Economic crisis pushes about 84m below poverty line
Nedim Kaya, adviser at the World Family Organisation, has said estimates suggest that 47 million to 84 million more people fell to or were trapped in extreme poverty because of the global crisis of 2008-2009 period amid threats of more cases due to the current financial crisis. He was speaking at the seventh World Family Summit in Abu Dhabi yesterday.
“Despite advances made in eradicating poverty and hunger over the last decade, the global economic and financial crisis has placed renewed pressure on the capacity of governments and NGOs to meet the targets set out in Millennium Development Goals,” Kaya said.
A recent UN report shows that there are about 1.2 billion people below poverty line on $1.25 (Dh4.58) per day. Another report issued in Europe showed that due to the Eurozone financial crisis, more than 80 million people across the EU live below the poverty line, 20 million of who are children.
Wanda Engel Aduan, executive superintendent of Instituto Unibanco, stressed that due to the global economic and financial crisis, many families have been gravely affected. He added that while increased unemployment has been the dominant social impact of the crisis in developed economies, the impact of unemployment in developing countries has been less obvious... While the informal economy and peasant agricultural sector have absorbed much of the impact of formal sector job losses, much larger numbers of workers are now subject to more vulnerable employment in developing countries,” Aduan said.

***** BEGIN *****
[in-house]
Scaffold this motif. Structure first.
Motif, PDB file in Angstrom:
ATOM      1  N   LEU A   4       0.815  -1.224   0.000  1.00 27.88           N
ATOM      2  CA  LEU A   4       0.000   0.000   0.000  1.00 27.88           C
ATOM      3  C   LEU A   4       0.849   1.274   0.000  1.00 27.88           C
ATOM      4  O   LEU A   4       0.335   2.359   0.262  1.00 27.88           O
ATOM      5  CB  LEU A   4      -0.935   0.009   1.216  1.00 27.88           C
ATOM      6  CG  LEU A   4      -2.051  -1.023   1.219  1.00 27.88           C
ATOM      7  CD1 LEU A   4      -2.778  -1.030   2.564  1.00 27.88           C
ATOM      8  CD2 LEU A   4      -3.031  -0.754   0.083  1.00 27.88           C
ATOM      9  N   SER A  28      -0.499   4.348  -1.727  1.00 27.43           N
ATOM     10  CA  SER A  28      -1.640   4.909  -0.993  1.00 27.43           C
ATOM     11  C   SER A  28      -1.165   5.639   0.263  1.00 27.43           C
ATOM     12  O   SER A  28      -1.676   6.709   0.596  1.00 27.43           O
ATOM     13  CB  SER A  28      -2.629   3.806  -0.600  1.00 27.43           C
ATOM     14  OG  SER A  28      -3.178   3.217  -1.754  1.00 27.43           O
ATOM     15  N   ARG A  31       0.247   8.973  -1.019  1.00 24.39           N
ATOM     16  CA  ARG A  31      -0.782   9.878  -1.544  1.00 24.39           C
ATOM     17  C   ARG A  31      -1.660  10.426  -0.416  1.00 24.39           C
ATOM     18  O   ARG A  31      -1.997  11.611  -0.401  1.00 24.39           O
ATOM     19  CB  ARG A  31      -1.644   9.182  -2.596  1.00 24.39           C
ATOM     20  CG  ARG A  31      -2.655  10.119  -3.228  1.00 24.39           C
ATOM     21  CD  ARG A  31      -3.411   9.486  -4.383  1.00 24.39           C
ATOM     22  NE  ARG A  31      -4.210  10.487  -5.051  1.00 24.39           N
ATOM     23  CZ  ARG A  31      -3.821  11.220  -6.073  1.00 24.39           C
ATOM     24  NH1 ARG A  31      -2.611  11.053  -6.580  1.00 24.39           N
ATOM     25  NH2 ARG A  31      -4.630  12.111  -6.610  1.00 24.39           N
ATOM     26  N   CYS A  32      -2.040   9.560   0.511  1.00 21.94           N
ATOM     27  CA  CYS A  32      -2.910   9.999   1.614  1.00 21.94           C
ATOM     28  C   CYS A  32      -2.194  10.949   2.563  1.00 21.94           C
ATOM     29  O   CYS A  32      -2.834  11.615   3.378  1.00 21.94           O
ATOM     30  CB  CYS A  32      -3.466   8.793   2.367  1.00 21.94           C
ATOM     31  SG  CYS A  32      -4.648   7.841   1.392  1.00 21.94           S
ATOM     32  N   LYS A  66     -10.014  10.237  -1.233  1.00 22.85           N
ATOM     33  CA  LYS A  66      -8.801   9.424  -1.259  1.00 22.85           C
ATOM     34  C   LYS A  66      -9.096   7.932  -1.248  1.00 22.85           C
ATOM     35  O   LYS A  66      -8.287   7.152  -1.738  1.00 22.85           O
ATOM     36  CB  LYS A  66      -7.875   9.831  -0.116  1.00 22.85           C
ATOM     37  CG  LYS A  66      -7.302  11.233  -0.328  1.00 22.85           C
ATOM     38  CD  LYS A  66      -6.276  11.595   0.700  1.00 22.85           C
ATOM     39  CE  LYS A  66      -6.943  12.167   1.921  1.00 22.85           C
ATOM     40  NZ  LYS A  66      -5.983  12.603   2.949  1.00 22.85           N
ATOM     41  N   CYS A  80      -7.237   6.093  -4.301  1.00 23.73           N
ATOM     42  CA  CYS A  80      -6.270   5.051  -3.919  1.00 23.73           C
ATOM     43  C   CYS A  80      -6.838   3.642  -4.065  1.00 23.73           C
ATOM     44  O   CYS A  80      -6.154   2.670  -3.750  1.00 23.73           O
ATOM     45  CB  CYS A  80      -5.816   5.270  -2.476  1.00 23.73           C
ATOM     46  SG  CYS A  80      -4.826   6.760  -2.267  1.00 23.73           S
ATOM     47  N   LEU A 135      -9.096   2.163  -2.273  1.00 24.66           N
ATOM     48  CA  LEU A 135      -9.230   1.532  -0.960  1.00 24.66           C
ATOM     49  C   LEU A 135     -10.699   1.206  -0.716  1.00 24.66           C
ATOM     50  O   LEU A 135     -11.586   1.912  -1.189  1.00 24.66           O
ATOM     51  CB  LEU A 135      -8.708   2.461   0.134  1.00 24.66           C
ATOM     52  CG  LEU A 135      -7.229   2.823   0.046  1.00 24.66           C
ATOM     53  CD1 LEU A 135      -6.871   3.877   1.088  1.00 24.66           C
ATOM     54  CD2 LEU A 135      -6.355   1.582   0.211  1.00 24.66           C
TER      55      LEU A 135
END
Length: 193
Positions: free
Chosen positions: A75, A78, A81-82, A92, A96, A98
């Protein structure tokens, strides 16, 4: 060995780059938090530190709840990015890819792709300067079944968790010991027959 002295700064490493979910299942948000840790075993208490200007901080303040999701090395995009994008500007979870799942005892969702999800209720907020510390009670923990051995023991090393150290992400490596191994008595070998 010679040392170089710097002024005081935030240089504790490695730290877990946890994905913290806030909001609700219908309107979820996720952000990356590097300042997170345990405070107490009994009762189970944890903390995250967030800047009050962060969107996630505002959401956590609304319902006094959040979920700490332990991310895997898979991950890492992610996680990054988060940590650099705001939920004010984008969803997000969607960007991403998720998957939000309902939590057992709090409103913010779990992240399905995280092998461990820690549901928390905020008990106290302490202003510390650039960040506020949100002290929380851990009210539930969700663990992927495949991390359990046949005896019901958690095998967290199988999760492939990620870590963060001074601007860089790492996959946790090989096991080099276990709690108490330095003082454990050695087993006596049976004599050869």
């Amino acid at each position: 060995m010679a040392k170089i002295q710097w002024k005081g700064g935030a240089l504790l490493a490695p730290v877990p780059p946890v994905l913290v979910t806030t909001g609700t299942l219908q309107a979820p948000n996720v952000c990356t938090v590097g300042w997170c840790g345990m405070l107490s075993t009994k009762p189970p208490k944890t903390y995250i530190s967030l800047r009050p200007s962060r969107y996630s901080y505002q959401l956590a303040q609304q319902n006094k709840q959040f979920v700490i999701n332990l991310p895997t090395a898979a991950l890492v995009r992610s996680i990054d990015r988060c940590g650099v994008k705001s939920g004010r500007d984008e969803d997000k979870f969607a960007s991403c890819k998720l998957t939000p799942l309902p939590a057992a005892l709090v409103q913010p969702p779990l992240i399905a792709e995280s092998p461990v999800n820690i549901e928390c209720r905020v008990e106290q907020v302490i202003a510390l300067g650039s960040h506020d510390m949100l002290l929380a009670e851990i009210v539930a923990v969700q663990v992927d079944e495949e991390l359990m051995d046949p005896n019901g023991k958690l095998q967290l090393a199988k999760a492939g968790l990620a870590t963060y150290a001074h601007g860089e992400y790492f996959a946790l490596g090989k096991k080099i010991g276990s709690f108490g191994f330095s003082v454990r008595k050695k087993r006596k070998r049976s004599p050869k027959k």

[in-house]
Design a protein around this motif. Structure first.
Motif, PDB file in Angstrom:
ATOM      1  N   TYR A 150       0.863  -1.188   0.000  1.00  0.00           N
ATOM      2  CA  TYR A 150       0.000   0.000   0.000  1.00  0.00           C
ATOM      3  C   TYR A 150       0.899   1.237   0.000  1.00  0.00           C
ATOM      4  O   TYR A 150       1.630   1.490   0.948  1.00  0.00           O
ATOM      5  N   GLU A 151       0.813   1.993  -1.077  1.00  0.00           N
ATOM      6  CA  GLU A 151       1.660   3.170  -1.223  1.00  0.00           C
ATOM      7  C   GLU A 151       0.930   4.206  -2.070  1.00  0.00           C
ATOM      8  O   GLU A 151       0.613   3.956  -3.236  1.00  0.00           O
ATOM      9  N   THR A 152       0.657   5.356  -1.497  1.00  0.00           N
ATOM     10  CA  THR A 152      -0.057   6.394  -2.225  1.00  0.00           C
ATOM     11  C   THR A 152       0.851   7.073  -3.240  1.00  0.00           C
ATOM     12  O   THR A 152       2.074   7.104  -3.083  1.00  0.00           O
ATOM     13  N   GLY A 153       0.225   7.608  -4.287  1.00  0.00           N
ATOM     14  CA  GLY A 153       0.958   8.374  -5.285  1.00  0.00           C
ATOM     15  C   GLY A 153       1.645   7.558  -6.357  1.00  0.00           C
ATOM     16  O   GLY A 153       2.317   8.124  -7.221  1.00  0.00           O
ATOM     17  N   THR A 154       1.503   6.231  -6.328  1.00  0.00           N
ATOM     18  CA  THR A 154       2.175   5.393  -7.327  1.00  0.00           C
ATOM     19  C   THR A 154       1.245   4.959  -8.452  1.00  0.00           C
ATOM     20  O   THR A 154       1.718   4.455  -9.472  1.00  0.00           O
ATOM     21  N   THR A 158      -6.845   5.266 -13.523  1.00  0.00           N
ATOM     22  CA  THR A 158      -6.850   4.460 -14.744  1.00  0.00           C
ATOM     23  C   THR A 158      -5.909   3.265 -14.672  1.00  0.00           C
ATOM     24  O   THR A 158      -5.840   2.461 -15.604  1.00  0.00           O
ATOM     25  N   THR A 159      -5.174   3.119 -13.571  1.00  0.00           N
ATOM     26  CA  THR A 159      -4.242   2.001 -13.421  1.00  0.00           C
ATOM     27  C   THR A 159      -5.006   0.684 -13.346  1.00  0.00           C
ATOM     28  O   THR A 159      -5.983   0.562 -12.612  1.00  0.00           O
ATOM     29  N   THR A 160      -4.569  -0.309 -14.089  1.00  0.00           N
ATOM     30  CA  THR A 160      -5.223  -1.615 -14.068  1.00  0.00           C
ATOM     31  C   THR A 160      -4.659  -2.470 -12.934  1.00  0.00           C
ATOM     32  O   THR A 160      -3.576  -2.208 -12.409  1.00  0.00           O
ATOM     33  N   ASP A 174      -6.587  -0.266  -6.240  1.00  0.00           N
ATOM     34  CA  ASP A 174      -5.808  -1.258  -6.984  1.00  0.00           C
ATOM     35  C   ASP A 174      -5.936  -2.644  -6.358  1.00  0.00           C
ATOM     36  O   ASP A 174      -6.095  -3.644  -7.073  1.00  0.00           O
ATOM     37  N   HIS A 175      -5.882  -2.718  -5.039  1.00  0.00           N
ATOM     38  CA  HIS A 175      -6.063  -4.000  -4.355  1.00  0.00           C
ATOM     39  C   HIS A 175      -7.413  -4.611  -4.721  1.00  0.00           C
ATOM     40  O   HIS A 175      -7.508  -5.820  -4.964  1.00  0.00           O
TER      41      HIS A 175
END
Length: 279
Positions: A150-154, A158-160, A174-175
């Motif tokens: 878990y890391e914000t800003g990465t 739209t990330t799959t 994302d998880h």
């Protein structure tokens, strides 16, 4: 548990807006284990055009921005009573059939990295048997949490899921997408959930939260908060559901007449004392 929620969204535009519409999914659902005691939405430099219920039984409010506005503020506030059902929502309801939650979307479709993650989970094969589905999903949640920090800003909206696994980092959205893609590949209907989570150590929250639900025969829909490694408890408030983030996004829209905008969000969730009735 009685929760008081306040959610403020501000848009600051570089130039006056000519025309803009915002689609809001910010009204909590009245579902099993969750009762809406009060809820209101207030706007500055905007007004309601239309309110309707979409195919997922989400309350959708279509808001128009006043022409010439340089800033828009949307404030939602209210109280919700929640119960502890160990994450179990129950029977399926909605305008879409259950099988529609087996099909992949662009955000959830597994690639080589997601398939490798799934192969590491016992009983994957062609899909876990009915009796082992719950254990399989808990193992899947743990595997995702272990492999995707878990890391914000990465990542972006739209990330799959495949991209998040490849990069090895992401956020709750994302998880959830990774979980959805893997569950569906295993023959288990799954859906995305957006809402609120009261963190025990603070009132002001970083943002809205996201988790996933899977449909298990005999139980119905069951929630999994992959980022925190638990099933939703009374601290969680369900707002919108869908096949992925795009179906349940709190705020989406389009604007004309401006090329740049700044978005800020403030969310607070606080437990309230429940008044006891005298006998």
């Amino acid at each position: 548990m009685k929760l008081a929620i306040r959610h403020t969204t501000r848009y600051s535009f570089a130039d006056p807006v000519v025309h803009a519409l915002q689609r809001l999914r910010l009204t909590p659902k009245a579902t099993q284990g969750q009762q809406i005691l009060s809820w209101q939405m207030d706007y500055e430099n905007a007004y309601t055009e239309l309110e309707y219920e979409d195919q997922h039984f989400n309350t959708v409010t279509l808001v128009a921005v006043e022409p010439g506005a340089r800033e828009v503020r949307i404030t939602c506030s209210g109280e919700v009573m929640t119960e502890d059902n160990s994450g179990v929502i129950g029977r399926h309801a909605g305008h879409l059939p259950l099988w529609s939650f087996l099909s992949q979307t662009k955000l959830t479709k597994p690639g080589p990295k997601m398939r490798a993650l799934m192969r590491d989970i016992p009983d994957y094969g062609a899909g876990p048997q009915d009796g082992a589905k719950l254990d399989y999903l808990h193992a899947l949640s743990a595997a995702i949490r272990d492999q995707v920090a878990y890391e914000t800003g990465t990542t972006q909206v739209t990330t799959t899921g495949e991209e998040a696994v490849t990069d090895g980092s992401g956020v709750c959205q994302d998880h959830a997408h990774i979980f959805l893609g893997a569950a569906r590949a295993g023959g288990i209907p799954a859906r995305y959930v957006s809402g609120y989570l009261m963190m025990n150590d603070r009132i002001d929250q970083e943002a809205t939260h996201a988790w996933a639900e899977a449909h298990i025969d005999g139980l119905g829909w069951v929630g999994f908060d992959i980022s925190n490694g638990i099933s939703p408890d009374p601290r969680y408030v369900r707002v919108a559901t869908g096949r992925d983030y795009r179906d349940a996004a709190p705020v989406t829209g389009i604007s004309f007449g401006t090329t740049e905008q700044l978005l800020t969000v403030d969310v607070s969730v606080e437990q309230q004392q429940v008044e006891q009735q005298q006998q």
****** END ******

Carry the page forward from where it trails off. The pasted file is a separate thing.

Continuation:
He warned that the downturn has had wide-ranging negative social outcomes for individuals, families, communities, and societies. “Poverty and unemployment have been linked to crime, gender-based violence, substance abuse and mental illnesses, ... and suicide,” Aduan said. He added that during financial and economic crisis, families adopted coping strategies such as making changes in household expenditure. “These changes can negatively influence education, health and nutrition outcomes.”
- King Salman and the nanny state: how the Saudi economy is about to sustain itself on 'freebies'
- Livelihoods trump lawlessness: young working Egyptians risk everything in Libya
- RIP: King Abdullah leaves behind profound legacy for the Saudi Economy
- Impetus from within: why the Arab World needs a very Arab 'Marshall Plan'
- 'Fiscal juggling': just how many economic priorities will Saudi Arabia's new King have to focus on?